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Assaying stem cell mechanobiology on microfabricated elastomeric substrates with geometrically modulated rigidity


We describe the use of a microfabricated cell culture substrate, consisting of a uniform array of closely spaced, vertical, elastomeric microposts, to study the effects of substrate rigidity on cell function. Elastomeric micropost substrates are micromolded from silicon masters comprised of microposts of different heights to yield substrates of different rigidities. The tips of the elastomeric microposts are functionalized with extracellular matrix through microcontact printing to promote cell adhesion. These substrates, therefore, present the same topographical cues to adherent cells while varying substrate rigidity only through manipulation of micropost height. This protocol describes how to fabricate the silicon micropost array masters (2 weeks to complete) and elastomeric substrates (3 d), as well as how to perform cell culture experiments (1–14 d), immunofluorescence imaging (2 d), traction force analysis (2 d) and stem cell differentiation assays (1 d) on these substrates in order to examine the effect of substrate rigidity on stem cell morphology, traction force generation, focal adhesion organization and differentiation.

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Figure 1: Flow diagram of the different sections of the protocol.
Figure 2: Characterization of micropost array masters and substrates.
Figure 3: Replica molding of a micropost array master.
Figure 4: Microcontact printing on micropost array substrates.
Figure 5: Basic imaging of cells on micropost array substrates.
Figure 6: General algorithm for analyzing traction forces from the micropost array substrate.
Figure 7: Representative images of cells on microposts.
Figure 8: Analysis of stem cell differentiation on micropost array substrates.


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We acknowledge financial support from the National Institutes of Health (EB00262, HL73305 and GM74048); the Army Research Office Multidisciplinary University Research Initiative; the Material Research Science and Engineering Center, the Nano/Bio Interface Center, the Institute for Regenerative Medicine, and the Center for Musculoskeletal Disorders of the University of Pennsylvania; and the New Jersey Center for Biomaterials (RESBIO Resource Center). M.T.Y. was partially supported by the National Science Foundation Integrative Graduate Education and Research Traineeship program (DGE-0221664). J.F. and Y.-K.W. were both partially supported by the American Heart Association Postdoctoral Fellowship. R.A.D. was partially supported by a National Science Foundation Graduate Research Fellowship. We acknowledge the Massachusetts Institute of Technology Microsystems Technology Laboratories for support in microfabrication.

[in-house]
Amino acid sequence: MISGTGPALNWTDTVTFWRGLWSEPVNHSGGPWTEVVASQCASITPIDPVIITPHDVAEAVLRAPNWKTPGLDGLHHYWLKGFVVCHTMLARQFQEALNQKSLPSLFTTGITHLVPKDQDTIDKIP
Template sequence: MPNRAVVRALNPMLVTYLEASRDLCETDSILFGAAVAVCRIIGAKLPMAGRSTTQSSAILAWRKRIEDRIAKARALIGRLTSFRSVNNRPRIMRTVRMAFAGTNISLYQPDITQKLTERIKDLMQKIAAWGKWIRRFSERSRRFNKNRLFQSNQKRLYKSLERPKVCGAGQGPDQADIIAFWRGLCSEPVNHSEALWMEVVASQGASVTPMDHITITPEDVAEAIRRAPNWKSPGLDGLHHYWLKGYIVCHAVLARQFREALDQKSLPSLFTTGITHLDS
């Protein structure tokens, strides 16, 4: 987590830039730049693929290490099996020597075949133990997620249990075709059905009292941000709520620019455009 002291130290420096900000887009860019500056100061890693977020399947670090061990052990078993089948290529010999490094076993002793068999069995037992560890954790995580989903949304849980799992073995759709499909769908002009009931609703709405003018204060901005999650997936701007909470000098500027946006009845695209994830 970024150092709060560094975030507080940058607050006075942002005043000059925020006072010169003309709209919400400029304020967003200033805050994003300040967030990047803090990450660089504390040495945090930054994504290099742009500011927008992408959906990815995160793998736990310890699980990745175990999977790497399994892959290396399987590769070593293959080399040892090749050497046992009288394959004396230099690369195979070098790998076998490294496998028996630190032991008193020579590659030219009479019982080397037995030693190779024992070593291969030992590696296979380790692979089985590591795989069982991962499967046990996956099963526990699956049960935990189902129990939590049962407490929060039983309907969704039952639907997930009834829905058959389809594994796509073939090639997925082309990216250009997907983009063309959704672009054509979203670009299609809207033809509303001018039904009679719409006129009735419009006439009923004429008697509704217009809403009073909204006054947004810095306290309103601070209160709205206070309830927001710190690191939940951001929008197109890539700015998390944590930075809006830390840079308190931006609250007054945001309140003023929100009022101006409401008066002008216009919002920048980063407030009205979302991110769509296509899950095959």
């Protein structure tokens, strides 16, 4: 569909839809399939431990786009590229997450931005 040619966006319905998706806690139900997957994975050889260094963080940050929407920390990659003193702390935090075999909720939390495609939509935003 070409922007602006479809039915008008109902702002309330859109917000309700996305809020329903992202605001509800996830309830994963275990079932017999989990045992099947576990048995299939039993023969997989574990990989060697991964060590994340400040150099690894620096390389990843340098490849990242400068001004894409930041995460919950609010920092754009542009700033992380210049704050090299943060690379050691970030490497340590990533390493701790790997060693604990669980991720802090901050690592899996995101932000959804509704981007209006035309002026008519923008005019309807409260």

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M.T.Y. and J.F. designed and fabricated the micropost array masters. M.T.Y. wrote the traction force analysis software. J.F., Y.-K.W. and C.S.C. conceived and designed stem cell experiments with micropost array substrates. J.F., Y.-K.W., M.T.Y. and R.A.D. performed experiments and analyzed data. M.T.Y., J.F., R.A.D. and Y.-K.W. wrote the manuscript.

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Correspondence to Christopher S Chen.

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Yang, M., Fu, J., Wang, YK. et al. Assaying stem cell mechanobiology on microfabricated elastomeric substrates with geometrically modulated rigidity. Nat Protoc 6, 187–213 (2011).

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